Desert Solitaire

By: Edward Abbey

One doesn't read Desert Solitaire for the tales of Edward Abbey's experiences in the American Southwest (though riveting), but rather for the insights and ideas that stemmed from two years as a ranger in Arches National Park and his journeys throughout the harsh desert.

Among story, humor, and descriptive prose, veins of philosophy are often encountered and run deep throughout the book. If you seek profound wilderness experiences, enjoy questioning cultural assumptions, or share Abbey's rebellious distaste for the number-obsessed system, you'll relish in these pages the way I did.

I'm living just a mile outside of Yellowstone National Park as I write this and would love to hand copies out at the entrance gate to the millions of confused tourists trying to experience wilderness from the inside of car, gift shops, and camera of their phone.

My 10 Favorite Index Cards:

Do not jump into your automobile next June and rush out to the Canyon country hoping to see some of that which I have attempted to evoke in these pages. In the first place you can’t see anything from a car; you’ve got to get out of that goddamned contraption and walk, better yet crawl, on hands and knees, over the sandstone and through the thornbush and cactus. When traces of blood begin to mark your trail you’ll see something maybe. Probably not.
A weird, lovely, fantastic object out of nature like Delicate Arch has the curious ability to remind us—like rock and sunlight and wind and wilderness—that out there is a different world, older and greater and deeper by far than ours, a world which surrounds and sustains the little world of men as sea and sky surround and sustain a ship. The shock of the real. For a little while we are again able to see, as the child sees, a world of marvels. For a few moments we discover that nothing can be taken for granted, for if this ring of stone is marvelous, and our journey here on earth, able to see and touch and hear in the midst of tangible mysterious things-in-themselves, is the most strange and daring of all adventures.
Unburdened by the necessity of devoting most of their lives to the production, distribution, sale and servicing of labor saving machinery, lacking proper recreational facilities, these primitive savages were free to do that which comes as naturally to men as making love...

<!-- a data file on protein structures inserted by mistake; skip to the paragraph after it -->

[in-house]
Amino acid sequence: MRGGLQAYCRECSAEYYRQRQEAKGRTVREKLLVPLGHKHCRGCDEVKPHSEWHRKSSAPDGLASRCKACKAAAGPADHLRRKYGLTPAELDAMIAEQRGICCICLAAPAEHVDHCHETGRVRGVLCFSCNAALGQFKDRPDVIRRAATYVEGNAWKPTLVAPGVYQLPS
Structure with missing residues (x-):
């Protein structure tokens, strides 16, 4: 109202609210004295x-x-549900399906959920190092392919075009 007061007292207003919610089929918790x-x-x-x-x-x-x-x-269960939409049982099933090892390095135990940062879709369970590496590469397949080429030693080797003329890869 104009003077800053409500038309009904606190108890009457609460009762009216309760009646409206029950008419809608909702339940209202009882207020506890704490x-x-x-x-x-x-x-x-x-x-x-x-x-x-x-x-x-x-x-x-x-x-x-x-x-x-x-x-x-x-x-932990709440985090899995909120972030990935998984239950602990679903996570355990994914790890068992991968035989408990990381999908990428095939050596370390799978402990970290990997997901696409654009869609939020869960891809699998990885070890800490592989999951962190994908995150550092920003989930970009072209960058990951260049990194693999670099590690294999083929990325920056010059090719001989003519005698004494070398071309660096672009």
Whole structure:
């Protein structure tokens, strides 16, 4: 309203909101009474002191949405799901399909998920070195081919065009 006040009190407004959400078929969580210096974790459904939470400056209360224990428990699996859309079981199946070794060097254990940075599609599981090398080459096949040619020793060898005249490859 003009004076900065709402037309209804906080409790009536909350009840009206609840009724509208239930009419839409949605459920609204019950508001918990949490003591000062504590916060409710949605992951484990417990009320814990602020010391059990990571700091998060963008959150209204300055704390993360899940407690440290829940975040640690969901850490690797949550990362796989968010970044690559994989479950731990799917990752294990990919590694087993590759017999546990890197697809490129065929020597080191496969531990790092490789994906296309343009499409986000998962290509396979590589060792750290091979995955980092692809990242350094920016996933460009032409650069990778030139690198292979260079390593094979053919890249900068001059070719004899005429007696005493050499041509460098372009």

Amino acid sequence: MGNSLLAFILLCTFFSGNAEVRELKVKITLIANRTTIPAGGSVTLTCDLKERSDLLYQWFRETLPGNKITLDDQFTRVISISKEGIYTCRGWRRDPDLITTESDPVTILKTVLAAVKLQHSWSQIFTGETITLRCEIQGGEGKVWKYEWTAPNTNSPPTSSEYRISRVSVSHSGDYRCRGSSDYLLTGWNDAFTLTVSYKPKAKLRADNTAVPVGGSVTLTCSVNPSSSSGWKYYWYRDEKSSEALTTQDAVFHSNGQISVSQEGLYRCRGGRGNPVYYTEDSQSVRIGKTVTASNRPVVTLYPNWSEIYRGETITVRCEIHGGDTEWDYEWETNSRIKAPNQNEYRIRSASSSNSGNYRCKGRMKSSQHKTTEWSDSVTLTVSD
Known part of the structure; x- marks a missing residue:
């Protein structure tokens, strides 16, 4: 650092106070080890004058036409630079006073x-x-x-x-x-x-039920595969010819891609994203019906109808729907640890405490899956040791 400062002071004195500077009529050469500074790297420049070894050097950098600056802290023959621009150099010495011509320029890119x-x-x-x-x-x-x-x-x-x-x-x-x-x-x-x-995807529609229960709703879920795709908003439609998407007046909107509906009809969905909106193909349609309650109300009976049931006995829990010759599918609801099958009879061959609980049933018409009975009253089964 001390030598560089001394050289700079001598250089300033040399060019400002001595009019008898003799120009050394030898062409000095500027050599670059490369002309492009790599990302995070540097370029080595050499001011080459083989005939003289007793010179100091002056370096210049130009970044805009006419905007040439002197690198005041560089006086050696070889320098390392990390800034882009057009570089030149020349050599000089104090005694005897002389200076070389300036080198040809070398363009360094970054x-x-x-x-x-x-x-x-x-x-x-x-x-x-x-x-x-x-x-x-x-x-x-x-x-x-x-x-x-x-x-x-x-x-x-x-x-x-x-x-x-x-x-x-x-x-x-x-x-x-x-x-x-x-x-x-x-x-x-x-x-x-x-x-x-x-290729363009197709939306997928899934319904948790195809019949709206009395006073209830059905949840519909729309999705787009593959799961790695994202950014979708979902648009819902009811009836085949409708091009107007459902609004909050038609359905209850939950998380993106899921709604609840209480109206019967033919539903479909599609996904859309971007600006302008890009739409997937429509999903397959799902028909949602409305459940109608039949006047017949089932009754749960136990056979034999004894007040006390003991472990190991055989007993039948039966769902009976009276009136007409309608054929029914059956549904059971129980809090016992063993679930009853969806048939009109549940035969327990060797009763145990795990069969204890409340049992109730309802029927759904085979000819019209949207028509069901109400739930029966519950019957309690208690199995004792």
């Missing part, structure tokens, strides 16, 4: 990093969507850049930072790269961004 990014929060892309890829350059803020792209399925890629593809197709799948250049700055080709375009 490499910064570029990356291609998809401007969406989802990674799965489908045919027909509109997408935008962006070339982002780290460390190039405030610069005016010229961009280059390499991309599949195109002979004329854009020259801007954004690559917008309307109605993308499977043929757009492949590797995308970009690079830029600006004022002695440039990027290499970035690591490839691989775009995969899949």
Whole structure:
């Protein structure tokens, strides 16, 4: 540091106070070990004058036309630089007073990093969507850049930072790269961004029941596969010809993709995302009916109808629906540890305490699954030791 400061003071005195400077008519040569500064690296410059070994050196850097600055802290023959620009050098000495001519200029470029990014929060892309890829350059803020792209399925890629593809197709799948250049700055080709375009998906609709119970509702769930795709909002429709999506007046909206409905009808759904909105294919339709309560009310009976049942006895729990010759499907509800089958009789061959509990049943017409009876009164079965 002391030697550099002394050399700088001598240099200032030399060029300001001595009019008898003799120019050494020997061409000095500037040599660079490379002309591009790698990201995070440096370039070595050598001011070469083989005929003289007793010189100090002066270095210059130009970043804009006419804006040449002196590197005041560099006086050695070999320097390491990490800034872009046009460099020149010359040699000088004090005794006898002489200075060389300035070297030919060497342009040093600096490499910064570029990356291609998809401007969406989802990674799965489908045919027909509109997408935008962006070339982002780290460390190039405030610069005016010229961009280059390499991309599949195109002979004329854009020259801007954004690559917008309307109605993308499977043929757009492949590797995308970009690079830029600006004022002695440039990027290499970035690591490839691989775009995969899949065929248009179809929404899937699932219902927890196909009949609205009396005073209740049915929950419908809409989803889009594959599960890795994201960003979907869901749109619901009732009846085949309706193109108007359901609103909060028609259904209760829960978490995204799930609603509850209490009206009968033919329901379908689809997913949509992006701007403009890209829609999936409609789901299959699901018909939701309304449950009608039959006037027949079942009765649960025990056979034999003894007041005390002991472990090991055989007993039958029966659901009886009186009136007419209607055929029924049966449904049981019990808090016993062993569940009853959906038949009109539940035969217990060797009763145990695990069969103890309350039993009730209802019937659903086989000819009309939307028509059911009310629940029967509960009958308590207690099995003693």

What for? ‘In anticipation of future needs, in order to provide for the continued industrial and population growth of the Southwest.’ And in such an answer we see that it’s only the old numbers game again, the monomania of small and very simple minds in the grip of an obsession. They cannot see that growth for the sake of growth is a cancerous madness, that Phoenix and Albuquerque are doubled again and again. They would never understand that an economic system which can only expand or expire must be false to all that is human.
Protest alone will not halt the iron glacier moving upon us.
If industrial man continues to multiply his numbers and expand his operations he will succeed in his apparent intention, to seal himself off from the natural and isolate himself an exile from the earth and then will know at last, if he is still capable of feeling anything, the pain and agony of final loss.
If man’s imagination were not so weak, so easily tired, if his capacity for wonder not so limited he would abandon forever such fantasies of the supernatural. He would learn to perceive in water, leaves and silence more than sufficient of the absolute and marvelous, more than enough to console him for the loss of ancient dreams.
Where all think alike there is little danger of innovation.
All things excellent are as difficult as they are rare, said a wise man. If so, what happens to excellence when we eliminate the difficulty and the rarity.
In trying to isolate this peculiarity, if it exists at all and is not simply an illusion, we must beware of a danger well known to explorers of both micro—and the macrocosmic—that of confusing the thing observed with the mind of the observer, of constructing not a picture of external reality but simply a mirror of the thinker. Can this danger be avoided without falling into an opposite but related error, that of separating too deeply the observer and the thing observed, subject and object, and again falsifying our view of the world? There is no way out of these difficulties—you might as well try running Cataract Canyon without hitting a rock. Best to launch forth boldly, with or without life jackets, keep your matches dry, and prey for the best.

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